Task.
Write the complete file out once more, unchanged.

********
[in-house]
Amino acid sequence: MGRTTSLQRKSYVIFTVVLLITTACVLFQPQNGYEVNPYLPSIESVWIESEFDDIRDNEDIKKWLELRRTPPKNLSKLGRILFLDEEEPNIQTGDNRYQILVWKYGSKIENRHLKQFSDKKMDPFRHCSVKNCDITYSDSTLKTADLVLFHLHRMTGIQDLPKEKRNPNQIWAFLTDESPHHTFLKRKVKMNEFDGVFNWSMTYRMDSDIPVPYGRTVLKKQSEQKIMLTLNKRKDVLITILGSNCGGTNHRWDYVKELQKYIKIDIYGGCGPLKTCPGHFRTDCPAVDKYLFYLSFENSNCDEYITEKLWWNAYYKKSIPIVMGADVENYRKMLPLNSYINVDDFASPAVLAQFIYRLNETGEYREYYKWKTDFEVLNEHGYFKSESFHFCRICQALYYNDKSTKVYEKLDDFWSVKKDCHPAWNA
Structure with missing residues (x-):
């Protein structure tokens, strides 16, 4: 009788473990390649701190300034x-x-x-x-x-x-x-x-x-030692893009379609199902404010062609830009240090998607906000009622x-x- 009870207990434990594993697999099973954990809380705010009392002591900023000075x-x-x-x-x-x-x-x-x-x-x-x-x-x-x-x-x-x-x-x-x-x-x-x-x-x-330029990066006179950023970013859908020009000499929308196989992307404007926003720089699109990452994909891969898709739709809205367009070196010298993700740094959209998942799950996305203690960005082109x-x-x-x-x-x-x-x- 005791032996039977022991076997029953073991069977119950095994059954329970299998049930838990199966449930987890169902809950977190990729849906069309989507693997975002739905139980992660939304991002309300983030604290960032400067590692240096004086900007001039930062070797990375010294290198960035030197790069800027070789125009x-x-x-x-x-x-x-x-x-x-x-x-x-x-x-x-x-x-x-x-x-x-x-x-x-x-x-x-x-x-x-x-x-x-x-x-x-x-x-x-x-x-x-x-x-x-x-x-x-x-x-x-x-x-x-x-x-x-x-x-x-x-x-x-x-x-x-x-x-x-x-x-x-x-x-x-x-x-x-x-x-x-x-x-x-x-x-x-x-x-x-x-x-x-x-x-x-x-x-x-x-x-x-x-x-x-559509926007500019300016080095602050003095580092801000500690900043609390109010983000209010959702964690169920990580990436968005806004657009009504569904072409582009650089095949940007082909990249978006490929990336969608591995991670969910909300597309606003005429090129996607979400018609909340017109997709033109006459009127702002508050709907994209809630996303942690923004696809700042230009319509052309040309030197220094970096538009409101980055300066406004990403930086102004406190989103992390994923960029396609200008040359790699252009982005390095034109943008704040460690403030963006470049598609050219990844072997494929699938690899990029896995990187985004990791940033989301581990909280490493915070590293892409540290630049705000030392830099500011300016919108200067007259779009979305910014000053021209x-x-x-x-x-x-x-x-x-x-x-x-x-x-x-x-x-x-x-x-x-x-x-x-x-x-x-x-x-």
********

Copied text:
[in-house]
Amino acid sequence: MGRTTSLQRKSYVIFTVVLLITTACVLFQPQNGYEVNPYLPSIESVWIESEFDDIRDNEDIKKWLELRRTPPKNLSKLGRILFLDEEEPNIQTGDNRYQILVWKYGSKIENRHLKQFSDKKMDPFRHCSVKNCDITYSDSTLKTADLVLFHLHRMTGIQDLPKEKRNPNQIWAFLTDESPHHTFLKRKVKMNEFDGVFNWSMTYRMDSDIPVPYGRTVLKKQSEQKIMLTLNKRKDVLITILGSNCGGTNHRWDYVKELQKYIKIDIYGGCGPLKTCPGHFRTDCPAVDKYLFYLSFENSNCDEYITEKLWWNAYYKKSIPIVMGADVENYRKMLPLNSYINVDDFASPAVLAQFIYRLNETGEYREYYKWKTDFEVLNEHGYFKSESFHFCRICQALYYNDKSTKVYEKLDDFWSVKKDCHPAWNA
Structure with missing residues (x-):
């Protein structure tokens, strides 16, 4: 009788473990390649701190300034x-x-x-x-x-x-x-x-x-030692893009379609199902404010062609830009240090998607906000009622x-x- 009870207990434990594993697999099973954990809380705010009392002591900023000075x-x-x-x-x-x-x-x-x-x-x-x-x-x-x-x-x-x-x-x-x-x-x-x-x-x-330029990066006179950023970013859908020009000499929308196989992307404007926003720089699109990452994909891969898709739709809205367009070196010298993700740094959209998942799950996305203690960005082109x-x-x-x-x-x-x-x- 005791032996039977022991076997029953073991069977119950095994059954329970299998049930838990199966449930987890169902809950977190990729849906069309989507693997975002739905139980992660939304991002309300983030604290960032400067590692240096004086900007001039930062070797990375010294290198960035030197790069800027070789125009x-x-x-x-x-x-x-x-x-x-x-x-x-x-x-x-x-x-x-x-x-x-x-x-x-x-x-x-x-x-x-x-x-x-x-x-x-x-x-x-x-x-x-x-x-x-x-x-x-x-x-x-x-x-x-x-x-x-x-x-x-x-x-x-x-x-x-x-x-x-x-x-x-x-x-x-x-x-x-x-x-x-x-x-x-x-x-x-x-x-x-x-x-x-x-x-x-x-x-x-x-x-x-x-x-x-559509926007500019300016080095602050003095580092801000500690900043609390109010983000209010959702964690169920990580990436968005806004657009009504569904072409582009650089095949940007082909990249978006490929990336969608591995991670969910909300597309606003005429090129996607979400018609909340017109997709033109006459009127702002508050709907994209809630996303942690923004696809700042230009319509052309040309030197220094970096538009409101980055300066406004990403930086102004406190989103992390994923960029396609200008040359790699252009982005390095034109943008704040460690403030963006470049598609050219990844072997494929699938690899990029896995990187985004990791940033989301581990909280490493915070590293892409540290630049705000030392830099500011300016919108200067007259779009979305910014000053021209x-x-x-x-x-x-x-x-x-x-x-x-x-x-x-x-x-x-x-x-x-x-x-x-x-x-x-x-x-």